Media Viability, Covid-19 and the ‘Darwinian’ Experience in Southern Africa

Carol Azungi Dralega

(Publisert i Dralega & Napakol (eds.): Health Crises and Media Discourses in Sub-Saharan Africa. Springer, 2022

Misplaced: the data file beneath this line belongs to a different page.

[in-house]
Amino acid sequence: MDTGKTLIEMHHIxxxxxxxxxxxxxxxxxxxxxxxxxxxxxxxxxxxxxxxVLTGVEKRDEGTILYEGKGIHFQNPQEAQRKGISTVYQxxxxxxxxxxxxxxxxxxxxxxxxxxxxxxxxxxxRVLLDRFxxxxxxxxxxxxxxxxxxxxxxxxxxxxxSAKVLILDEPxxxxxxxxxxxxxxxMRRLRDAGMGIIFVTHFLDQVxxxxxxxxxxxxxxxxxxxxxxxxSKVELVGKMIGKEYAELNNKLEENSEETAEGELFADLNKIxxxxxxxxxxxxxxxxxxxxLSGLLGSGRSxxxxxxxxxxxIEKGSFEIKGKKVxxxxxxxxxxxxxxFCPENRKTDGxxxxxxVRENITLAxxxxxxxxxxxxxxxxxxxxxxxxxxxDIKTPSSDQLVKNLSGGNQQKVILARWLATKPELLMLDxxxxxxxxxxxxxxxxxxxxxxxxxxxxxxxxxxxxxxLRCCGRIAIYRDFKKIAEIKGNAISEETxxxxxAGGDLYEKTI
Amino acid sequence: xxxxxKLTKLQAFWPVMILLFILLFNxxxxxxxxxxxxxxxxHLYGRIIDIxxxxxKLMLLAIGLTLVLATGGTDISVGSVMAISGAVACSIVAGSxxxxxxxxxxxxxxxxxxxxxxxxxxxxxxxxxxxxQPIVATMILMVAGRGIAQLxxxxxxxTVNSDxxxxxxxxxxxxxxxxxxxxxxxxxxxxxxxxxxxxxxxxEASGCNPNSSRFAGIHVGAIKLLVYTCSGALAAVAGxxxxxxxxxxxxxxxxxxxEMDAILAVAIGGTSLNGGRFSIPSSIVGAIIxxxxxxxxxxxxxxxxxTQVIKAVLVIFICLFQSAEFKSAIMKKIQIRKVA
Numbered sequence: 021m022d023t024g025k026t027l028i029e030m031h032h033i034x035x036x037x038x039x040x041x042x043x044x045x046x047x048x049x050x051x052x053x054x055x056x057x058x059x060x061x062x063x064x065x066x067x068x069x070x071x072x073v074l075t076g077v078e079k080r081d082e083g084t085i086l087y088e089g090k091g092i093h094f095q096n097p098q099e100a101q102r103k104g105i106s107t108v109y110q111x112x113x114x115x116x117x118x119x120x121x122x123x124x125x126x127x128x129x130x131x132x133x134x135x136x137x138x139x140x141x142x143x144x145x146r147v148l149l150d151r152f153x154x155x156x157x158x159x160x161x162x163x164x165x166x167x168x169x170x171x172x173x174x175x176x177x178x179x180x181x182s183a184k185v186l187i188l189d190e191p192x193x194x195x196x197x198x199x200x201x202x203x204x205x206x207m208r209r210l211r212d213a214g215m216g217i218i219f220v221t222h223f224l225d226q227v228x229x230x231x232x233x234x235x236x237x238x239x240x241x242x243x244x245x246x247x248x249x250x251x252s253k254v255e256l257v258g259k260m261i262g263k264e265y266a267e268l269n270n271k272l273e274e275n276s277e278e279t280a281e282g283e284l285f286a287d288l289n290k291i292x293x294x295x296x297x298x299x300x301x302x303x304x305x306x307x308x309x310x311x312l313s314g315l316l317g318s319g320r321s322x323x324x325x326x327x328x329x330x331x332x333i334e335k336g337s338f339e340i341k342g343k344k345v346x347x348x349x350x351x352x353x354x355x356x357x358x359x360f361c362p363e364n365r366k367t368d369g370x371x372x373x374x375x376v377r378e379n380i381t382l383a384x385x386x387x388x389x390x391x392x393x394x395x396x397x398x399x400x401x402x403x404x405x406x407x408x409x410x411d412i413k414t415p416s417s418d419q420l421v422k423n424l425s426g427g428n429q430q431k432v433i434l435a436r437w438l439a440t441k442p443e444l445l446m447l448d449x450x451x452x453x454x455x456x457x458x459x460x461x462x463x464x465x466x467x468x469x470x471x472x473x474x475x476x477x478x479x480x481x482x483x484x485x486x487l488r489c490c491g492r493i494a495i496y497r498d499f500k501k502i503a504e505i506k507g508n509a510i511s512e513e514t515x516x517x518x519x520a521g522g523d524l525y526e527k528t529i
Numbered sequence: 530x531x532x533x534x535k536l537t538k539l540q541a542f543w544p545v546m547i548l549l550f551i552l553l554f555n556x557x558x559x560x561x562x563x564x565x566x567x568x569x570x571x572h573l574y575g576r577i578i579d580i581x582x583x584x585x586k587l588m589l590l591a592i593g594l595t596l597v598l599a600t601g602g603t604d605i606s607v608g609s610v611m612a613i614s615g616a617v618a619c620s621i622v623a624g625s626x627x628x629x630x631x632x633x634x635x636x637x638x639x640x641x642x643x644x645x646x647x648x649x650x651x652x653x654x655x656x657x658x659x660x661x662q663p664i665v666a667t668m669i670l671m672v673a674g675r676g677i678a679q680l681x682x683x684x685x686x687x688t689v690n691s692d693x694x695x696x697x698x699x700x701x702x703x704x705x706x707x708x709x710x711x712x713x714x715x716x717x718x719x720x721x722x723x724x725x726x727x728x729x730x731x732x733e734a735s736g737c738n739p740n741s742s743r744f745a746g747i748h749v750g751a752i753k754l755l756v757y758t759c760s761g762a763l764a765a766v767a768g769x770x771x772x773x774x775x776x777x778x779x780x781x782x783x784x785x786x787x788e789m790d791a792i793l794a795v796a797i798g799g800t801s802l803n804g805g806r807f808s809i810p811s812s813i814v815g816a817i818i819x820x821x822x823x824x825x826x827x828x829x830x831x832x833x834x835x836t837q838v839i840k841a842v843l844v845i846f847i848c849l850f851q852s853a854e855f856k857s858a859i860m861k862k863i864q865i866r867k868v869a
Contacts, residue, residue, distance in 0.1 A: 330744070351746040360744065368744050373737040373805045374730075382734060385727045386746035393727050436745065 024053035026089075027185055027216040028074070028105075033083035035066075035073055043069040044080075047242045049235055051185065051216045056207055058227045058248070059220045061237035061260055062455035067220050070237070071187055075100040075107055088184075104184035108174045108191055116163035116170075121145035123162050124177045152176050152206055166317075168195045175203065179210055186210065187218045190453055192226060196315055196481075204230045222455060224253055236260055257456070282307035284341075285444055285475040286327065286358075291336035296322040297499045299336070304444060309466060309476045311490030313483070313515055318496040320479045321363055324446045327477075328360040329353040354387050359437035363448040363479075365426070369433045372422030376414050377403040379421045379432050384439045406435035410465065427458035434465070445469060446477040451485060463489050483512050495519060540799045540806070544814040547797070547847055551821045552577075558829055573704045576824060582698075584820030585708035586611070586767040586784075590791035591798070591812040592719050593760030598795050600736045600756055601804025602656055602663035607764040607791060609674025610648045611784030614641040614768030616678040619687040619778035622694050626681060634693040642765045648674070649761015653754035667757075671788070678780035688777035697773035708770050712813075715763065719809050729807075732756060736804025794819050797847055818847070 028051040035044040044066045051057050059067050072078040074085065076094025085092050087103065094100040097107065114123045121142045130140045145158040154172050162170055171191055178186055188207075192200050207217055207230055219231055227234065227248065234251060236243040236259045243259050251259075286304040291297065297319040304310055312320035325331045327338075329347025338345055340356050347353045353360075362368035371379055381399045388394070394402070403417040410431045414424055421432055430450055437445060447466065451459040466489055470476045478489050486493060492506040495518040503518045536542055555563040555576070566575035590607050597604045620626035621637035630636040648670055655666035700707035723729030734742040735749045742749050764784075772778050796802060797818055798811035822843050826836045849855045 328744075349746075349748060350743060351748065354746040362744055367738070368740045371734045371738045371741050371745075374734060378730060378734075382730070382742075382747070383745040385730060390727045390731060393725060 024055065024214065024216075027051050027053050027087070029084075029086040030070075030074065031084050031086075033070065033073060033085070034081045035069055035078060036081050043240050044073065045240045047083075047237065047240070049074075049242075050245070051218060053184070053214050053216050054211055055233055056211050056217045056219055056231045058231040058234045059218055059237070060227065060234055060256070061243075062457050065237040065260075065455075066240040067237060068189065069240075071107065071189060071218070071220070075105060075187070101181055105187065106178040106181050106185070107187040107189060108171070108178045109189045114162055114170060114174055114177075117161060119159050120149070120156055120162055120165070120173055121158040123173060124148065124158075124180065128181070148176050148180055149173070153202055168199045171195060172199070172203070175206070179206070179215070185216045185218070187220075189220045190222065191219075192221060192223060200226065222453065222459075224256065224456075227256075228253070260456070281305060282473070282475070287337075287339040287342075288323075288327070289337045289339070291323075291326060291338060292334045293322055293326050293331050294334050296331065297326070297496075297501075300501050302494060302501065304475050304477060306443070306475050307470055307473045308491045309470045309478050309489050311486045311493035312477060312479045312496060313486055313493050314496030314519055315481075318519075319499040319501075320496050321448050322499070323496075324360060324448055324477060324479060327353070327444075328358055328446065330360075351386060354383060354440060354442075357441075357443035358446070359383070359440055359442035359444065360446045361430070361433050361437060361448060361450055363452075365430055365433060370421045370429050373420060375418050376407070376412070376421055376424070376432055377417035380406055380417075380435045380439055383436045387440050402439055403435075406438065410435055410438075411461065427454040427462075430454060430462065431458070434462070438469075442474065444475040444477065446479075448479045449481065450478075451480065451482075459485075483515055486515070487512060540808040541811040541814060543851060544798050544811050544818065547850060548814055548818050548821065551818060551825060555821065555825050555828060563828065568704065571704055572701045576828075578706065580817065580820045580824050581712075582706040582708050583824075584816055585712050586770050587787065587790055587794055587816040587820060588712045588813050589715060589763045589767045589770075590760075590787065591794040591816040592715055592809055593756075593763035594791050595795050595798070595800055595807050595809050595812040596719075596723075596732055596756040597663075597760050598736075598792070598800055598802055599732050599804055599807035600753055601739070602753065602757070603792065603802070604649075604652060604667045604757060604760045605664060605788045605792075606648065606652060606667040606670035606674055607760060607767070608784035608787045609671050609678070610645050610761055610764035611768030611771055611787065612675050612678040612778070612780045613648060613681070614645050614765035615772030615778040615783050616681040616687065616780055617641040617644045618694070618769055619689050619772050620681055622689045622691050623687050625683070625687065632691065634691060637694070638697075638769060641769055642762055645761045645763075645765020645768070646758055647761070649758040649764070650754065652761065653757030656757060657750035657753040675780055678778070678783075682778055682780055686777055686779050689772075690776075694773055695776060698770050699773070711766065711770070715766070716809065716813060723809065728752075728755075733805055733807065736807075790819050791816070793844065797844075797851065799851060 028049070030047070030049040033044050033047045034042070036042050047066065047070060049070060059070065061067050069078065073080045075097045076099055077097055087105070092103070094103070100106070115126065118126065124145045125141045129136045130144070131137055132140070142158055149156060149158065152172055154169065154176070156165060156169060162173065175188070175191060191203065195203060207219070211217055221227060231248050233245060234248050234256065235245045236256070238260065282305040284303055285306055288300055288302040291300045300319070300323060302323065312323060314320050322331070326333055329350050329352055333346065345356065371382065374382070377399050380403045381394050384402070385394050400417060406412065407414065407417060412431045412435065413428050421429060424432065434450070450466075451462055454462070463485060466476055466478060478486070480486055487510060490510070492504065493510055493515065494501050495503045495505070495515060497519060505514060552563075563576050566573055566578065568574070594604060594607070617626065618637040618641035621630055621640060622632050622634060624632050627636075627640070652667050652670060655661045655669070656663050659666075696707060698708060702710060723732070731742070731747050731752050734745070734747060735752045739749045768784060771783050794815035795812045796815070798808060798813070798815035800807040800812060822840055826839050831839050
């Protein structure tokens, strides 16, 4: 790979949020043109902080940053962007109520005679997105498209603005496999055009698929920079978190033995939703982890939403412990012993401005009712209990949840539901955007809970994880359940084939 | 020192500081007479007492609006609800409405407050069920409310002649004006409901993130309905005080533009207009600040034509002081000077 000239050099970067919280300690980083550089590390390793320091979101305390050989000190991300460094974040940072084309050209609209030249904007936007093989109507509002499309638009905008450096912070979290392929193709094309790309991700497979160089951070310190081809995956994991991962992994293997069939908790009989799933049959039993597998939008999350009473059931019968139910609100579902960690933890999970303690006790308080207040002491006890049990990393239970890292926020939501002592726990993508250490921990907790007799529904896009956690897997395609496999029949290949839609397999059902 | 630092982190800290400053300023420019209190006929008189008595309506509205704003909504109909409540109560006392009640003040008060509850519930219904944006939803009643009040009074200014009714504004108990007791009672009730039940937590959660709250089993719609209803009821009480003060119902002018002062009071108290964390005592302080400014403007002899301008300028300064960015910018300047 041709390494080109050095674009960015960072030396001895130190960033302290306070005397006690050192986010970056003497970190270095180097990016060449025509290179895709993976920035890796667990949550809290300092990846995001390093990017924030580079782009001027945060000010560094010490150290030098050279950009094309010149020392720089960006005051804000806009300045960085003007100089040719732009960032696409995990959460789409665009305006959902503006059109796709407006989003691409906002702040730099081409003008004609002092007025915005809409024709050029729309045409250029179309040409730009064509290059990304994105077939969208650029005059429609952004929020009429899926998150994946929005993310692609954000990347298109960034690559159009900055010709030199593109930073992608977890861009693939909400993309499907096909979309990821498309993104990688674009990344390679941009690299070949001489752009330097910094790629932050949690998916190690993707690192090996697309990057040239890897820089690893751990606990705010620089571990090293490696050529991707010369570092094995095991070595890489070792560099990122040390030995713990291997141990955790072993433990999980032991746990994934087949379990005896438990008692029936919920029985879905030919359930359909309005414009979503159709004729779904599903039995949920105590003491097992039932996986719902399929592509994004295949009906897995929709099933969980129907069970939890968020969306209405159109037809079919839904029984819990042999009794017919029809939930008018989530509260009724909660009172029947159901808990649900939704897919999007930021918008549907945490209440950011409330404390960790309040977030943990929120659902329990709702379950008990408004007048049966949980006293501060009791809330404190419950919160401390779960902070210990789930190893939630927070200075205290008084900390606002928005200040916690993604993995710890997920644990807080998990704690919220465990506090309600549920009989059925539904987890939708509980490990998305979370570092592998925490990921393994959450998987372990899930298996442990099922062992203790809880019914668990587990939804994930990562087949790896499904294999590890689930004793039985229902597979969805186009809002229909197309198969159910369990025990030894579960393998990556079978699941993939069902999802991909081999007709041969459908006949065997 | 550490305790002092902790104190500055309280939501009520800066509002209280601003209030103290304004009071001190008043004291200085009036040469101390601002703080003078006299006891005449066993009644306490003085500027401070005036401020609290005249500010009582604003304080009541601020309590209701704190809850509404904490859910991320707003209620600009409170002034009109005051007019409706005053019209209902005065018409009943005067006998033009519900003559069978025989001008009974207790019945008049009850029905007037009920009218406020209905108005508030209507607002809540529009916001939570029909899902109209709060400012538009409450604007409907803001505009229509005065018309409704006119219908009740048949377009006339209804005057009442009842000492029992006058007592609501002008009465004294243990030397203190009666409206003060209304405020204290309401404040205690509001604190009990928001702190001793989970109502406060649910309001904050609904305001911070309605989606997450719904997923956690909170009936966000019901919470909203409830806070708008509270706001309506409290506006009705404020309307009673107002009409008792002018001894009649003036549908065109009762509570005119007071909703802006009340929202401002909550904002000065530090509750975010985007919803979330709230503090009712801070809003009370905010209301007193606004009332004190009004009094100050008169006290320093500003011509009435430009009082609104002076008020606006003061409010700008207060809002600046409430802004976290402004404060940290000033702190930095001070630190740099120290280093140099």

Political economy predicates suggest that media viability is about the influence and balance between politics and economics of media systems. It is about survival and control. This logic informs this study, which seeks to gain insights into the impact of Covid-19 on media viability in Southern Africa. For decades, the media industry in Southern Africa, and indeed globally, has been trapped in an existential struggle—experiencing, for instance, the steady demise of traditional business models amidst rapid technological developments and proliferation of digital communication, waning trust in legacy media, and an unconducive political and legislative environment. In this qualitative study, we learn from leading industry experts from eight countries about the wide-ranging impact and paradoxes of the pandemic on the media industry—a phenomenon some have referred to as ‘a Darwinian moment’ or ‘media extinction event’. In this study media-house size and ownership, trustworthiness and ability to fully switch to digital operations were key to survival, as was the need for newsroom and work-form restructuring. The study raises concerns over the Covid-19-exacerbated dangers regarding journalists’ welfare and cautions against the deepening threats to press freedom, the further marginalisation of minority groups and the relegation of the media’s public interest role.

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